Anna Jon-And, senior lecturer at Department of Romance Studies and Classics and researcher at the Centre for Cultural Evolution, Stockholm University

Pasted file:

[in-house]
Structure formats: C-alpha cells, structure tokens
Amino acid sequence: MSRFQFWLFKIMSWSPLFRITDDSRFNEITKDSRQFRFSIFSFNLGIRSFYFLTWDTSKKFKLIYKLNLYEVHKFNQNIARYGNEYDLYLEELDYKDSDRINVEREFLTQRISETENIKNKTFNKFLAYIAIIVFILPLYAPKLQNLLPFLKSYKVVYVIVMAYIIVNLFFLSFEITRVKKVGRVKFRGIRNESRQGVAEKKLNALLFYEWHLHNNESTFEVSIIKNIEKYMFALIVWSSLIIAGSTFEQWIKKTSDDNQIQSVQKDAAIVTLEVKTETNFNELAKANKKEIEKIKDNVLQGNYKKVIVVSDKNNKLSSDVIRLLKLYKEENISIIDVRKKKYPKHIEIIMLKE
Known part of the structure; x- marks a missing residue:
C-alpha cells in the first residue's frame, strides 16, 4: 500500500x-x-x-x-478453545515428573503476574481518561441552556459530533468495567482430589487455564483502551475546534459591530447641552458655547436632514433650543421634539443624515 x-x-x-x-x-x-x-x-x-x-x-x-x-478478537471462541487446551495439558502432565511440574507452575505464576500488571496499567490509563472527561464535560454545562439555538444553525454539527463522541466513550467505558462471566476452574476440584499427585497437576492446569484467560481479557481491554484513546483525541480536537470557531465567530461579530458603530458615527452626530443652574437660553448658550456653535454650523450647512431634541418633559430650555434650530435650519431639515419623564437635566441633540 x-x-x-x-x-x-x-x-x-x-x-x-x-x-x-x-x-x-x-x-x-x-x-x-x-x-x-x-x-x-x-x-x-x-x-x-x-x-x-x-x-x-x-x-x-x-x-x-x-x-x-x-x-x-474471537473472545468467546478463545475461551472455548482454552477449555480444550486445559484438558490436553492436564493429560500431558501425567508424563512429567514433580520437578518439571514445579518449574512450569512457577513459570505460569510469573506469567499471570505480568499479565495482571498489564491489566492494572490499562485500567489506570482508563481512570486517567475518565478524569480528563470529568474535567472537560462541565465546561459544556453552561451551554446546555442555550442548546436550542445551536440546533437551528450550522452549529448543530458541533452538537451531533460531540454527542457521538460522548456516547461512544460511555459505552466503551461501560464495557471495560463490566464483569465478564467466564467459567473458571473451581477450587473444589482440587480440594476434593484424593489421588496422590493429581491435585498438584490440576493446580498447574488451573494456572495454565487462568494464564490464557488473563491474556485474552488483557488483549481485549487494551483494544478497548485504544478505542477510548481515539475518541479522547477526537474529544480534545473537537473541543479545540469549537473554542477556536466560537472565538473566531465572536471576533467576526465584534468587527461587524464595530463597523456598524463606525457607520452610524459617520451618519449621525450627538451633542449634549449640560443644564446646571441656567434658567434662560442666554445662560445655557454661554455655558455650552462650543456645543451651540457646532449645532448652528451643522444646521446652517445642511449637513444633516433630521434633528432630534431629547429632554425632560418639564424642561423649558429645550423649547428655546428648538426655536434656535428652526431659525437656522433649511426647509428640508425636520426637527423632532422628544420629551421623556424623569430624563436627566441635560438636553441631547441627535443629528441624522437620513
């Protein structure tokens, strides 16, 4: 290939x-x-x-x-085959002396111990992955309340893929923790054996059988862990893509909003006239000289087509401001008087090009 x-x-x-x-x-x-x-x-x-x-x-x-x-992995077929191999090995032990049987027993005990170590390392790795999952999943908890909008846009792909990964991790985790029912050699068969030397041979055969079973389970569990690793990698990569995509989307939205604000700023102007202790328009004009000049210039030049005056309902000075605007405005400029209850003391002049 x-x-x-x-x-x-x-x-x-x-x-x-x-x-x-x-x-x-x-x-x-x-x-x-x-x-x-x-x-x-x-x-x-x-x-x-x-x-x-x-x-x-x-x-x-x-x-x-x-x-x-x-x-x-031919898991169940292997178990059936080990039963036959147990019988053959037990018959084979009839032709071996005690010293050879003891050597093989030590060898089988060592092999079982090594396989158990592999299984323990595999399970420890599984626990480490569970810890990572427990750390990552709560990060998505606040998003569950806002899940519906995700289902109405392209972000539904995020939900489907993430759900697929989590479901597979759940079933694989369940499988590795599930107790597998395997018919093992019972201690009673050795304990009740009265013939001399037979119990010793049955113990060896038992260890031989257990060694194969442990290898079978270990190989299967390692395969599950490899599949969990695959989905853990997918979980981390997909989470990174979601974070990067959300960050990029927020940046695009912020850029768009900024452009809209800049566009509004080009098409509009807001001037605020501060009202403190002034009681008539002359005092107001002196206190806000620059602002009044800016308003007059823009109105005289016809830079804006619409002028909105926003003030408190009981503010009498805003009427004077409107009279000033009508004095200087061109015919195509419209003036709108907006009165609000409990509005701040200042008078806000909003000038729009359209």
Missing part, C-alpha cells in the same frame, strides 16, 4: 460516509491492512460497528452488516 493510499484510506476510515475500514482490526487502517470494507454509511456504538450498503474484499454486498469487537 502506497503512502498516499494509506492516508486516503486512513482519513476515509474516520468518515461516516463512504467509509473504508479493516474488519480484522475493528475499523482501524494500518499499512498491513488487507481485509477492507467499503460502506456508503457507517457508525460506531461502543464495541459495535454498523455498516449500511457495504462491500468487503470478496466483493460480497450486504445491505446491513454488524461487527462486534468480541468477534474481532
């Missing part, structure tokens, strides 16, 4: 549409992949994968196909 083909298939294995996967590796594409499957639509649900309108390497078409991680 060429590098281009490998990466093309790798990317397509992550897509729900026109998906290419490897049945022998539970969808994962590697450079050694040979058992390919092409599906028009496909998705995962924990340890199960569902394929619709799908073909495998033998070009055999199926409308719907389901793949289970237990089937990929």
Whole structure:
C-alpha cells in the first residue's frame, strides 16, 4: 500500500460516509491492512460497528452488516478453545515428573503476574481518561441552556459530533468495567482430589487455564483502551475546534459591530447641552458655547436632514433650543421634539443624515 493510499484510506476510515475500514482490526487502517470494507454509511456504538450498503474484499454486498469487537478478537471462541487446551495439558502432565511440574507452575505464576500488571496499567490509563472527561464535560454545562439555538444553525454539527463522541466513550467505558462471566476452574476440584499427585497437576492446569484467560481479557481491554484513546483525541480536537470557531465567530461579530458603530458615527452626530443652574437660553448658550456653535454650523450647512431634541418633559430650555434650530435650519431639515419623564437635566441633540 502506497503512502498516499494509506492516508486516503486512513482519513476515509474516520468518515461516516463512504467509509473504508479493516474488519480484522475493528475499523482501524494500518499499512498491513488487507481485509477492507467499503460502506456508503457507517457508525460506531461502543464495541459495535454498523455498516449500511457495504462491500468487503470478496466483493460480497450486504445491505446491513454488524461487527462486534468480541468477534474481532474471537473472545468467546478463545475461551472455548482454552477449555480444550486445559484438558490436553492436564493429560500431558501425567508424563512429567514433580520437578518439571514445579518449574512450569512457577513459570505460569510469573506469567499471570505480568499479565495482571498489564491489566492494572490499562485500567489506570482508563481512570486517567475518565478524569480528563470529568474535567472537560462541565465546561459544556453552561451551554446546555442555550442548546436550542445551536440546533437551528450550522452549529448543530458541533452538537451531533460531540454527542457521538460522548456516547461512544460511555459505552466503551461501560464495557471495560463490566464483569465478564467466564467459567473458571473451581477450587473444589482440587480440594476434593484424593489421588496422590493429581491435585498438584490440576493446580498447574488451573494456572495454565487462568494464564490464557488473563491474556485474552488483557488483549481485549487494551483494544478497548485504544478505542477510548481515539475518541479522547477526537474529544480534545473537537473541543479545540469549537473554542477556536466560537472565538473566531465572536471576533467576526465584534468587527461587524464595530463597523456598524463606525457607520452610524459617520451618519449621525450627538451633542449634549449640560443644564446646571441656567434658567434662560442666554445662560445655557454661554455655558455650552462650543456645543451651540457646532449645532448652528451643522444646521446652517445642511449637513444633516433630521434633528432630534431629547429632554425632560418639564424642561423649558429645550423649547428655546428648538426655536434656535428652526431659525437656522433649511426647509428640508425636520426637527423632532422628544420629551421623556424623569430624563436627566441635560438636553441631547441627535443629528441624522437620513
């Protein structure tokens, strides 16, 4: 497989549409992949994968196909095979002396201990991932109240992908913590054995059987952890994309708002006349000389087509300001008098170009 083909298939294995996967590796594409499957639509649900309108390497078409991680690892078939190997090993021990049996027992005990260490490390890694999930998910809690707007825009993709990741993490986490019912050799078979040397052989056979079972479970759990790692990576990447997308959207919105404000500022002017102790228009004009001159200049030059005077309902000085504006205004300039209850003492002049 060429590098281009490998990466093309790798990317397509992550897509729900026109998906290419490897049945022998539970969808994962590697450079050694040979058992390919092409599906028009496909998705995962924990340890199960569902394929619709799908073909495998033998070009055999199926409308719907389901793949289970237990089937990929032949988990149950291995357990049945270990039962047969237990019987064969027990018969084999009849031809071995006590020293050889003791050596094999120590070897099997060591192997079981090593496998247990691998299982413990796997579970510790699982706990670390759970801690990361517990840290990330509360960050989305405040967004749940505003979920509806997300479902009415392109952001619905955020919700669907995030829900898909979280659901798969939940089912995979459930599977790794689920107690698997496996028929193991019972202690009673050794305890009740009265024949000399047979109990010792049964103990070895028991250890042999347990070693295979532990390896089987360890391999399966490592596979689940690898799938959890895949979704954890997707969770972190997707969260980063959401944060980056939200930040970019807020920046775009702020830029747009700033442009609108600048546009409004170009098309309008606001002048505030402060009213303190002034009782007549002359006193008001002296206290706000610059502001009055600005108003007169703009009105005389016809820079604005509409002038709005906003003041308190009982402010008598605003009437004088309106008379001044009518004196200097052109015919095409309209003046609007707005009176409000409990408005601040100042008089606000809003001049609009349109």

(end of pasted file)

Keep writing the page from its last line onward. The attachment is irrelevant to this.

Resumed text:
Human language is unique in its compositional and sequential form. Language evolution is often explained by advantages of communication. However, it has proven challenging to identify an evolutionary trajectory from a world without language to a world with language, especially while at the same time explaining why such an advantageous trait has not evolved in non-human animals (henceforth animals). Decoding sequential information is necessary for language, making sequence representation a tentative basic requirement for the evolution of language and other uniquely human phenomena. Here, we provide results from formal evolutionary analyses of the utility of sequence representation. Analyses show that sequence representation is exceedingly costly and that current memory systems found in animals may prevent abilities necessary for language to evolve. Furthermore, sequence representation may only evolve when sequential information is abundant and extensive learning opportunities are possible, two conditions likely fulfilled early in human evolution. These results provide a novel, logically plausible trajectory for the evolution of uniquely human cognition and language, and support the hypothesis that human culture is rooted in sequential processing abilities.